Higher end computers often have a discrete, dedicated graphics card that uses its own memory (VRAM), has greater processing power, and doesn't eat up RAM.

    Higher end laptops ofter use two graphics cards, an integrated one when you're using the battery, and a discrete graphics card when you're plugged into an outlet.

    If your system has more than one graphics card, ensure that Photoshop has been assigned the High-Performance graphics card rather than Integrated Graphics or Power-Saving graphics card for the best experience. Changing these settings on laptops will increase battery usage.

      Discontinuation of 3D features in Photoshop

    Photoshop’s 3D features will be removed in future updates. Users working with 3D are encouraged to explore Adobe’s new Substance 3D collection, which represents the next generation of 3D tools from Adobe. Additional details on the discontinuation of Photoshop’s 3D features can be found here: Photoshop 3D | Common questions on discontinued 3D features.

    Win

    NVIDIA:

    a. Right-click anywhere on the desktop and choose the NVIDIA control panel.

    b. Click Manage 3D settings.

    c. Click Program Settings and add Photoshop.exe and sniffer.exe. Change the preferred graphics processor to High-performance NVIDIA processor.

    AMD:

    a. Right-click anywhere on the desktop and choose the AMD Catalyst Control Center or Configure Switchable Graphics.

    b. Click Browse and choose High Performance instead of Power Saving.

    mac

    Choose System Preferences > Energy Saver, and then deselect Automatic Graphics Switching.

    Automatic Graphics Switching.

  6. Disable the less powerful graphics card.

    If the above step does not resolve issues when using more than one graphics card, consider disabling one of the graphics cards. Before disabling the onboard graphics card, please ensure you have the video output of your monitor connected to the dedicated graphics card.

    To disable a graphics card, use the Device Manager on Windows. In the Device Manager, right-click the card's name and choose Disable.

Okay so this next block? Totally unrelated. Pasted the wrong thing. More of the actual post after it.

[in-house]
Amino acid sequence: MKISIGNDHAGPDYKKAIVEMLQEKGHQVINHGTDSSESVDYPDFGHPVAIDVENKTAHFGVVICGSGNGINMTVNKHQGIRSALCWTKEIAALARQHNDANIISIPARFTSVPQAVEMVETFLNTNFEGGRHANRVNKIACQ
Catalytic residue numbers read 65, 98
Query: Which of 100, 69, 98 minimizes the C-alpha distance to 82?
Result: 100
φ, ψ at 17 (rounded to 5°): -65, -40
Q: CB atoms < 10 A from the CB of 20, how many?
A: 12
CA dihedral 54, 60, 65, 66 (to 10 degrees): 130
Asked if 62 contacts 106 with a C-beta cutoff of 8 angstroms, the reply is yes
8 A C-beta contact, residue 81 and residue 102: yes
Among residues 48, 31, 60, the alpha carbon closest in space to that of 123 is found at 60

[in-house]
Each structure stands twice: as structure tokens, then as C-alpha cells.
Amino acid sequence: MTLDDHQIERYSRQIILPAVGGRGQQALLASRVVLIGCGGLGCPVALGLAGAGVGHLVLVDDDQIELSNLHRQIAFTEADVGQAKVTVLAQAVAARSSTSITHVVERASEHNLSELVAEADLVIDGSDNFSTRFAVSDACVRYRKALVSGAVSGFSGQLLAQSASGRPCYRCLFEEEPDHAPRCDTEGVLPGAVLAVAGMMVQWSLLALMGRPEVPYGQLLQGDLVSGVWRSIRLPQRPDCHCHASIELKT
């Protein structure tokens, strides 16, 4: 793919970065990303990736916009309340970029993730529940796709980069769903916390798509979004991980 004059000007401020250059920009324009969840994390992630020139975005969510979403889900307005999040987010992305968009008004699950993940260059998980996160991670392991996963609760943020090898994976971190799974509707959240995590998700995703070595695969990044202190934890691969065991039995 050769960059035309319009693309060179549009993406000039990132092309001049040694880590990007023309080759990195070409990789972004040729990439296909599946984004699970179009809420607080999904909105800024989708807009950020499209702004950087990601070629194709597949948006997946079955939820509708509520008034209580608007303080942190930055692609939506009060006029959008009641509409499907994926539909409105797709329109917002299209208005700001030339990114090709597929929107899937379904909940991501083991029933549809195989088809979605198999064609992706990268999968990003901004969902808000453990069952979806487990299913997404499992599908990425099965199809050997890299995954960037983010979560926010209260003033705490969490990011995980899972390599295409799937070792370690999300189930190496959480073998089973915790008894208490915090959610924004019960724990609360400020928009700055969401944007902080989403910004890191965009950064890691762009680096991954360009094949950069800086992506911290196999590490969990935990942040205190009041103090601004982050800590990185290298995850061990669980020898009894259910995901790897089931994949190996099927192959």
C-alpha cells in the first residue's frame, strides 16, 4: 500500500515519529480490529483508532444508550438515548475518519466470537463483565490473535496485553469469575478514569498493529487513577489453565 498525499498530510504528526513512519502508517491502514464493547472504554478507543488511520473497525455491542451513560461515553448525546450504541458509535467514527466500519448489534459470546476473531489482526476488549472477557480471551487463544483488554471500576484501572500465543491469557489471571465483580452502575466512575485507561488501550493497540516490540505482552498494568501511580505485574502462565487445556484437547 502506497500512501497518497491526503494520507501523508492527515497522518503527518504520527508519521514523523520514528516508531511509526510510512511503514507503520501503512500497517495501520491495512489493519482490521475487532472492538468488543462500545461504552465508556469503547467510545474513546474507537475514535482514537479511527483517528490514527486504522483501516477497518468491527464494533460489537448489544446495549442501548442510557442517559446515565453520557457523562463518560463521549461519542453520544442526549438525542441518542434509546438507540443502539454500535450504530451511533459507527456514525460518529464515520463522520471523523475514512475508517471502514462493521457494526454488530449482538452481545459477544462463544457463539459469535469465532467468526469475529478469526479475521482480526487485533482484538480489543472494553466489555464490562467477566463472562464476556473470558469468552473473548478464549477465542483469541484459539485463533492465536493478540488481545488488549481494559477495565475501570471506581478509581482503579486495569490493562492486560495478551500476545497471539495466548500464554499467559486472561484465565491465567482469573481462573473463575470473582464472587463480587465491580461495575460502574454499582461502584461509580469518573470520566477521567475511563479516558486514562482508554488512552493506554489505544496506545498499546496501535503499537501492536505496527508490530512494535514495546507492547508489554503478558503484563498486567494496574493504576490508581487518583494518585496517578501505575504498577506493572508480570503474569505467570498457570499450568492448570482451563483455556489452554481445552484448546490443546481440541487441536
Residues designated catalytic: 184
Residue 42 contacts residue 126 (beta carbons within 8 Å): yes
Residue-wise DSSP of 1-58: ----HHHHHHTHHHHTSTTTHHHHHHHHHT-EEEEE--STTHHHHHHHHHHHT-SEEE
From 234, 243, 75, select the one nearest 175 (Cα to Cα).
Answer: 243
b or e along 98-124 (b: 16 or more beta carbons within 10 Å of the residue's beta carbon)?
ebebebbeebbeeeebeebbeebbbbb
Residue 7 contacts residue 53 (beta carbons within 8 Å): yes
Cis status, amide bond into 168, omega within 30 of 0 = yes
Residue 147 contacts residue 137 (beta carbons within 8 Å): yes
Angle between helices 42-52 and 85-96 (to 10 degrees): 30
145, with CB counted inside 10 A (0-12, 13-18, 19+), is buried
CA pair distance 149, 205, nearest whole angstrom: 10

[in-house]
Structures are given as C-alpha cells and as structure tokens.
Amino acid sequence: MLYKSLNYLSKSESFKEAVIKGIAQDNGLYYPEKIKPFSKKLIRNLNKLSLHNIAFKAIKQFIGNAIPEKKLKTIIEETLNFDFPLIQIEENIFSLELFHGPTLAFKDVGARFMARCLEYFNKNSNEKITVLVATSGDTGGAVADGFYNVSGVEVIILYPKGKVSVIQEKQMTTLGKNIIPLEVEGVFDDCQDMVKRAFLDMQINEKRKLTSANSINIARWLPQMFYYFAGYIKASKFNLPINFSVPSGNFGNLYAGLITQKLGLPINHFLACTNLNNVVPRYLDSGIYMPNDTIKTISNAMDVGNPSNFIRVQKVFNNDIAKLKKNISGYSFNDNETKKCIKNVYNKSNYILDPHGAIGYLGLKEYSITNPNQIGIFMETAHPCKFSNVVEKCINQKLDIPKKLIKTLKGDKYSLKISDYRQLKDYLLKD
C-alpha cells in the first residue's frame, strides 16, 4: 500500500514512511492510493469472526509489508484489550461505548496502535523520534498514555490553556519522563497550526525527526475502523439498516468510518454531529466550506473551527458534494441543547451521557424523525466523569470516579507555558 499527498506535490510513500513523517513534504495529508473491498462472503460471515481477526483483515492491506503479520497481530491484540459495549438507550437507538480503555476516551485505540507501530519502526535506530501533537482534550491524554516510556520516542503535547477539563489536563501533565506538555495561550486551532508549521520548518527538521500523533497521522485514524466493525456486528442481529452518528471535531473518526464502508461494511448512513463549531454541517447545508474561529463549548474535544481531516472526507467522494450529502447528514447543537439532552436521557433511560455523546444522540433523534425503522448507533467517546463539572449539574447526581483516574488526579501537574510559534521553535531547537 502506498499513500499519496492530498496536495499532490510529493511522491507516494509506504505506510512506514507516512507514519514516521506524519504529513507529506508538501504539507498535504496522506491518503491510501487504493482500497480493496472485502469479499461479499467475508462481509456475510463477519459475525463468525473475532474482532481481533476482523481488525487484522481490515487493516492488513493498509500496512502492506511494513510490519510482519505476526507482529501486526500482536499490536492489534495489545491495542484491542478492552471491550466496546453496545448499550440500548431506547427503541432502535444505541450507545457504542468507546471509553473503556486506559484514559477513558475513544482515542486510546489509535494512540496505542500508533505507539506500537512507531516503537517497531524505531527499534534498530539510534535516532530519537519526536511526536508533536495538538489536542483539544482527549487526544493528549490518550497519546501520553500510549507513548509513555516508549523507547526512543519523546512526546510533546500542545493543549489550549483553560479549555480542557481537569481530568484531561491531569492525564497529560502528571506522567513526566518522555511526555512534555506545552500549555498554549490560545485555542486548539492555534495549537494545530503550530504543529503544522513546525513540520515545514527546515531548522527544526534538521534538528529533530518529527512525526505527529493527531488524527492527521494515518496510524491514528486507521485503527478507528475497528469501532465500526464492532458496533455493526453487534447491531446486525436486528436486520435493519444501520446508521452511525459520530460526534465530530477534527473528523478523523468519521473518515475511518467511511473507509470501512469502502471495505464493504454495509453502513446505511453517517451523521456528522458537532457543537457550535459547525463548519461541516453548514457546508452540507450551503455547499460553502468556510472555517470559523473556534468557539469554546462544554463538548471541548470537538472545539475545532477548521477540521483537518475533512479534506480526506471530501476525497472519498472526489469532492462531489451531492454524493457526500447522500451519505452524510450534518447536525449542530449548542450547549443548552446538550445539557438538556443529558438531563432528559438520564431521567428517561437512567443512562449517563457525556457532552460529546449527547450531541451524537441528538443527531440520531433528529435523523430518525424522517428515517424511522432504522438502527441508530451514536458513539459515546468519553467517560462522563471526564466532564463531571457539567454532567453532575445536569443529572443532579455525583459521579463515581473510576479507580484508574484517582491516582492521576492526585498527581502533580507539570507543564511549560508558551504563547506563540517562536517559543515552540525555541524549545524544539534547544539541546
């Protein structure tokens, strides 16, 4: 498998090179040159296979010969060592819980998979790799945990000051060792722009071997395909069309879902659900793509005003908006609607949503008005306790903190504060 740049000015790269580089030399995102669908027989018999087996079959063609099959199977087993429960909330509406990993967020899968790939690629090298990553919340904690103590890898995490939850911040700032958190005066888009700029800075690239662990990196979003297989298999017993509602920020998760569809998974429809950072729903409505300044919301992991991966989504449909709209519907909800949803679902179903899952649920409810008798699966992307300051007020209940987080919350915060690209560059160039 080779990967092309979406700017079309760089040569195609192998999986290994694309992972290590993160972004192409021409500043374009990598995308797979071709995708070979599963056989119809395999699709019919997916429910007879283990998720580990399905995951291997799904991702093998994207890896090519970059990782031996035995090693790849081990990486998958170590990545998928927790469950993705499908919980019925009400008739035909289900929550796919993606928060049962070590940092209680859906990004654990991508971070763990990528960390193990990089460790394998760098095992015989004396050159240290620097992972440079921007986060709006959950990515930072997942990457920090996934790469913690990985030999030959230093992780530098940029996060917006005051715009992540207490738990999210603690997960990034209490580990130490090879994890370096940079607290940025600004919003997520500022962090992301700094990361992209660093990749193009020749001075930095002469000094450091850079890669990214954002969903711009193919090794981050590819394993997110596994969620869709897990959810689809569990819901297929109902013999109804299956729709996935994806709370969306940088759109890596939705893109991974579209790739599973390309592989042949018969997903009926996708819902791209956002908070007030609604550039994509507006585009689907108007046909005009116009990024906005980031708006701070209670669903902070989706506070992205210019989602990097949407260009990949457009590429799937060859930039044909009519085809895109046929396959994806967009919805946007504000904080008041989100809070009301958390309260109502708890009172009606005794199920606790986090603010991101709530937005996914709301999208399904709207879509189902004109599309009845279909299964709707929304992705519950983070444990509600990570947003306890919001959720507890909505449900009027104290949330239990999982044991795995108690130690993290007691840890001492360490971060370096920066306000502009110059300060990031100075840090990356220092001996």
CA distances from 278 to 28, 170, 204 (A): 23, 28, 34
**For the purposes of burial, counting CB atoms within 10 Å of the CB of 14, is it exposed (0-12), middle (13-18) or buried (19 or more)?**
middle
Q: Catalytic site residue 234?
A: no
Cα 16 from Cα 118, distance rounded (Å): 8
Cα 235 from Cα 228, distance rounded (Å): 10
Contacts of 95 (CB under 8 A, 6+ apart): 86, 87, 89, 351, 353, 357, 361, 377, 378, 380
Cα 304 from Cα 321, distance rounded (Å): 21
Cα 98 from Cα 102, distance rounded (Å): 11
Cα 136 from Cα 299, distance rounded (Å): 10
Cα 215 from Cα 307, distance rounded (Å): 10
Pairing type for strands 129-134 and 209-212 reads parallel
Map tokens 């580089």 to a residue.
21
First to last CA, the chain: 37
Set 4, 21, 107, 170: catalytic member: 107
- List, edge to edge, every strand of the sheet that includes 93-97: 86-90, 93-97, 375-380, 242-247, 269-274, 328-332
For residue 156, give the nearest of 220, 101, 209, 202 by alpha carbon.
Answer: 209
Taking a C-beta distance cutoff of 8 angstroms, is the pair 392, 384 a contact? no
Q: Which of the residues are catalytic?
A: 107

Note:
    • Please use caution and bear in mind that disabling the graphics card may lead to system instabilities.
    • Read the instructions carefully, and contact the video adapter manufacturer directly if you don't understand the instructions.
  7. Do not use Photoshop on a virtual machine (VM). 

    Running Photoshop under virtual machines (VMs) is not tested extensively nor officially supported because of known issues with features that rely on the graphics processor in VM environments.

After performing the troubleshooting steps above, you can confirm the results by enabling the Use Graphics Processor option in the Preferences > Performance panel and retrying the steps that caused the problem.

Additional information

Common issues

Caused by a defective, unsupported graphics driver or incompatible graphics processor (also called a graphics card, video card, or GPU):

  • Crashes, performance issues, incorrectly-rendered windows or objects, canvas flashes/flickers, artifacts in Photoshop.
  • Photoshop crashes or hangs upon launch.
  • Image canvas flashes or flickers.
  • Photoshop's menu bar is missing.

See Graphics processor (GPU) troubleshooting.

Graphics hardware error messages

When you first launch Photoshop, you might encounter some hardware error messages:

See Graphics hardware not officially supported for 3D.
See Photoshop has encountered a problem with the display driver.

Disabled features

Some Photoshop features might not work for you.

See Oil Paint is grayed out.

Camera Raw issues

Adobe Camera Raw uses the graphics processor differently than Photoshop. If you experience crashes, performance issues, or incorrectly-rendered windows or objects, redraw issues or artifacts specifically when opening files in Adobe Camera Raw.

See Camera Raw graphics processor (GPU) FAQ.

Adobe logo

Sign in to your account